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Roundup of media coverage of "KSR v. Teleflex"
December 04, 2006
Post by Blog Staff

After last week's arguments before the Supreme Court in KSR v. Teleflex, the media has begun to offer its perspective on the case. Below is a sampling of the media coverage, which generally appears to think that the teaching-suggestion-motivation (TSM) test will either be scrapped entirely, or at least allow other ways to prove an invention is obvious, and therefore not patentable.New York TimesUSA TodayLos Angel....... Read More


Buffett settles with alleged trademark infringer
November 29, 2006
Post by Blog Staff

Jimmy Buffett reached a settlement with a man he accused of selling merchandise that infringed his trademarks. The alleged infringer, Robert Akard, was selling Buffett-themed merchandise via his website. The judge in the case ordered Mr. Akard's website shut down until the conclusion of the case and to disclose how much money he had made via his online sales. On Monday, however, Mr. Akard was found to be in con....... Read More


Supreme Court questions Federal Circuit's obviousness test: is it "gobbledygook"?
November 29, 2006
Post by Blog Staff

In oral argument before the Supreme Court in KSR International Co. v. Teleflex, Inc., several Justices appeared uncomfortable with the Federal Circuit's "teaching-suggestion-motivation" (TSM) test for obviousness. Justice Scalia, in his typical direct style, characterized the TSM test at various times as "gobbledygook," "irrational," and "meaningless." Other Justices, ....... Read More


Supreme Court to hear key obviousness case today
November 28, 2006
Post by Blog Staff

This morning the Supreme Court will hear oral arguments in KSR International Co. v. Teleflex, Inc., a potentially landmark case on the issue of obviousness in patent law. The case deals with adjustable automotive pedals in vehicles with electronic throttle controls. Teleflex sued KSR for infringement of patent no. 6,237,565. KSR asserted that the '565 patent was obvious, and the district court agreed, granting ....... Read More


Johnson selected for TAI Board of Directors
November 28, 2006
Post by Blog Staff

The Technology Association of Iowa (TAI) today announced the names of eight newly-elected industry leaders to its Board of Directors. The executives share a strong commitment to develop Iowa's information technology (IT) sector as an engine for broad-based economic prosperity. The newly appointed board members are: John-Paul Besong, Senior Vice President of e-Business and Lean Elec....... Read More


Mattel sues makers of Bratz dolls for trade secret misappropriation
November 27, 2006
Post by Blog Staff

Mattel, the manufacturer of Barbie dolls, sued a former employee, Carter Bryant, for trade secret misappropriation in 2004. Now, Mattel is attempting to add MGA Entertainment, makers of the relatively new Bratz dolls, to the case. Mattel alleges that Mr. Bryant conceived of the Bratz doll design while working for Mattel, and therefore Mattel owns the rights to Bratz dolls.Mattel is also attempting to register se....... Read More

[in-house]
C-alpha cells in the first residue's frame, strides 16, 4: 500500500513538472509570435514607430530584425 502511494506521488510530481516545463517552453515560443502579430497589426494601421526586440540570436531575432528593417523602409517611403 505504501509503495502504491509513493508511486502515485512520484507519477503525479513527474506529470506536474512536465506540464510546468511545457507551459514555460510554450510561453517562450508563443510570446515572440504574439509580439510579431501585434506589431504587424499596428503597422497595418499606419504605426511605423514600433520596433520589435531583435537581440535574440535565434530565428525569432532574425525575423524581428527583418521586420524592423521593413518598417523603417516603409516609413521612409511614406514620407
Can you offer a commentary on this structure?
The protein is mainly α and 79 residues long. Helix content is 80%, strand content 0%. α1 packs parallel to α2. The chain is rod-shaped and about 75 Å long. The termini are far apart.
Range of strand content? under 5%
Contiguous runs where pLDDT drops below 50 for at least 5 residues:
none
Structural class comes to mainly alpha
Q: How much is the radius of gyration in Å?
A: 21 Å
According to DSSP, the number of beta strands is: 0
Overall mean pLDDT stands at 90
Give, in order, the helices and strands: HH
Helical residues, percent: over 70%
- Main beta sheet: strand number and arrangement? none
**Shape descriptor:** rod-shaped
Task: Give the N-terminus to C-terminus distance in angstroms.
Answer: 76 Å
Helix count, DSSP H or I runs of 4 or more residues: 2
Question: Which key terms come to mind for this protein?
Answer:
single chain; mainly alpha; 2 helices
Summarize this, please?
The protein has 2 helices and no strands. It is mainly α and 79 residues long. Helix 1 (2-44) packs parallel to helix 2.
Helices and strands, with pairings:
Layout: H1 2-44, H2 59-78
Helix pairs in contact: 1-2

US Copyright office issues new exemptions from DMCA
November 25, 2006
Post by Blog Staff

Every three years, the United States Copyright Office seeks proposals for exemptions from the Digital Millennium Copyright Act ("DMCA"). The DMCA was enacted in 1998. As part of the DMCA, it became unlawful to circumvent access control measures copyright holders used to secure their copyrighted works. For example, it is a violation of the DMCA to use a program to "break" the content scramble system ("CSS") encr....... Read More


Majority of Federal Circuit appears ready to reconsider claim construction standard of review
November 22, 2006
Post by Blog Staff

Today the Federal Circuit denied rehearing en banc in Amgen, Inc. v. Hoechst Marion Roussel, Inc., a case dealing with synthetic human erythropoietin, a protein that stimulates red blood cell production. In order to rehear a case en banc, a majority of active judges on the court must vote to rehear the case. There are twelve judges on the Federal Circuit, five of whom voted to rehear this case, thus rehearing wa....... Read More


Enablement standard for prior art less stringent than enablement standard for patents
November 21, 2006
Post by Blog Staff

The Federal Circuit, in Impax Laboratories, Inc. v. Aventis Pharmaceuticals Inc., discussed the requirements for a prior art reference to be enabled, and thus anticipate a patent. Aventis is the owner of U.S. Patent No. 5,527,814, covering the use of the compound riluzole to treat ALS, commonly known as Lou Gehrig's disease. Impax wanted to produce a generic version of riluzole,so it filed an abbreviated new dru....... Read More


Showing a strong Spine, the Federal Circuit addresses the Doctrine of Equivalents
November 21, 2006
Post by Blog Staff

In DuPuy Spin, Inc. v. Medtronic Sofamor Danek, Inc., the Federal Circuit concluded that the district court erred in granting summary judgment of non-infringement on Medtronics Vertex? model with regards to U.S. Patent No. 5,207,678 (the '678 patent). Additionally, the Federal Circuit concluded that the district court's judgment of non-infringement for Medtronics bottom-loaded screw device was proper and that the....... Read More


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The attorneys of McKee, Voorhees & Sease, P.L.C. designed this blog as an informational and educational resource about intellectual property law for our clients, other attorneys, and the public as a whole. Our goal is to provide cutting-edge information about recent developments in intellectual property law, including relevant case law updates, proposed legislation, and intellectual property law in the news.

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